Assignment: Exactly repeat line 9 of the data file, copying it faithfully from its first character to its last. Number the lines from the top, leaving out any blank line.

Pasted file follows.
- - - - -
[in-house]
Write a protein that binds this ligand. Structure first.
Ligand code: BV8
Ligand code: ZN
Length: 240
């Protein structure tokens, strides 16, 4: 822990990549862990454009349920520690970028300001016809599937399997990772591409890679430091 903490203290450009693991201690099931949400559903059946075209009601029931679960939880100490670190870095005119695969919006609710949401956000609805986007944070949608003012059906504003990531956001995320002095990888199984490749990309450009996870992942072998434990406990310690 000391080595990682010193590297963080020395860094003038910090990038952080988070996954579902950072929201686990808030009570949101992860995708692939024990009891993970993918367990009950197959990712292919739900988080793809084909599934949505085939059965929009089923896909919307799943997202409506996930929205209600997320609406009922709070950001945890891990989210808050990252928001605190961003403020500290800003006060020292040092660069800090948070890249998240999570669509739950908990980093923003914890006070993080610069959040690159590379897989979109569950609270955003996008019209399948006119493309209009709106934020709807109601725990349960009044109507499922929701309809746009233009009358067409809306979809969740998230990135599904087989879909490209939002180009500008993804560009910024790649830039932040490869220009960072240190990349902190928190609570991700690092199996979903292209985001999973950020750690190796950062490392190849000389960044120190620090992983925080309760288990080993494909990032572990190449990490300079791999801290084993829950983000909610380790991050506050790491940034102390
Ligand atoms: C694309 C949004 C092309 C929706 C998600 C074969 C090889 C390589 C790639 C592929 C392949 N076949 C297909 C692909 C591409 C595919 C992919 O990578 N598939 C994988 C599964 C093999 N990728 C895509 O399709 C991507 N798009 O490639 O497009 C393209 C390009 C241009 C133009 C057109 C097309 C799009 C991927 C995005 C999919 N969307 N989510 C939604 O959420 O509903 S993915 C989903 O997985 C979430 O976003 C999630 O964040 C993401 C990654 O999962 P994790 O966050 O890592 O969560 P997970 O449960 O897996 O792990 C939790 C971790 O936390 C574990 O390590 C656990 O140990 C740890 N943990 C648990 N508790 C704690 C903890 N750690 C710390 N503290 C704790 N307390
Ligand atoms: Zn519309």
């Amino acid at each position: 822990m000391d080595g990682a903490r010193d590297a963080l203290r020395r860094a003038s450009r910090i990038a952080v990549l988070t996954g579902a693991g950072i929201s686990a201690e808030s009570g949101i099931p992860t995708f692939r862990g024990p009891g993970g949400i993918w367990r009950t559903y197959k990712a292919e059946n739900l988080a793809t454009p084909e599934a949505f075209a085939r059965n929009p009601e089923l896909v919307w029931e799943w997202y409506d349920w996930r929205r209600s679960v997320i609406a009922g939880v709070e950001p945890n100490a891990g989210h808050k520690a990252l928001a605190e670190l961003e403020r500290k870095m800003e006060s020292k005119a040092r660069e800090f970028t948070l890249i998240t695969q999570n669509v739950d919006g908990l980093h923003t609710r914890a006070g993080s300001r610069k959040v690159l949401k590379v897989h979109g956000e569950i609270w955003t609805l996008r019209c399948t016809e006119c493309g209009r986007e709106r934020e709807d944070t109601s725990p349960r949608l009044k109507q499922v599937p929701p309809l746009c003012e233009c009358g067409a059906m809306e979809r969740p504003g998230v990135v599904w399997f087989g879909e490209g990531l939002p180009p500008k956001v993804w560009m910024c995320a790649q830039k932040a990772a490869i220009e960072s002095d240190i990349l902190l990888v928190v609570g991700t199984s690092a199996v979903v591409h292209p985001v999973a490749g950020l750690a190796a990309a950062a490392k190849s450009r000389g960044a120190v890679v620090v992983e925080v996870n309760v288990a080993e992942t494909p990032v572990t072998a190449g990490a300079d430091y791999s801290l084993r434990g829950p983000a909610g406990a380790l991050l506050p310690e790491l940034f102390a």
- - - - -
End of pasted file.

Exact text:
């Amino acid at each position: 822990m000391d080595g990682a903490r010193d590297a963080l203290r020395r860094a003038s450009r910090i990038a952080v990549l988070t996954g579902a693991g950072i929201s686990a201690e808030s009570g949101i099931p992860t995708f692939r862990g024990p009891g993970g949400i993918w367990r009950t559903y197959k990712a292919e059946n739900l988080a793809t454009p084909e599934a949505f075209a085939r059965n929009p009601e089923l896909v919307w029931e799943w997202y409506d349920w996930r929205r209600s679960v997320i609406a009922g939880v709070e950001p945890n100490a891990g989210h808050k520690a990252l928001a605190e670190l961003e403020r500290k870095m800003e006060s020292k005119a040092r660069e800090f970028t948070l890249i998240t695969q999570n669509v739950d919006g908990l980093h923003t609710r914890a006070g993080s300001r610069k959040v690159l949401k590379v897989h979109g956000e569950i609270w955003t609805l996008r019209c399948t016809e006119c493309g209009r986007e709106r934020e709807d944070t109601s725990p349960r949608l009044k109507q499922v599937p929701p309809l746009c003012e233009c009358g067409a059906m809306e979809r969740p504003g998230v990135v599904w399997f087989g879909e490209g990531l939002p180009p500008k956001v993804w560009m910024c995320a790649q830039k932040a990772a490869i220009e960072s002095d240190i990349l902190l990888v928190v609570g991700t199984s690092a199996v979903v591409h292209p985001v999973a490749g950020l750690a190796a990309a950062a490392k190849s450009r000389g960044a120190v890679v620090v992983e925080v996870n309760v288990a080993e992942t494909p990032v572990t072998a190449g990490a300079d430091y791999s801290l084993r434990g829950p983000a909610g406990a380790l991050l506050p310690e790491l940034f102390a």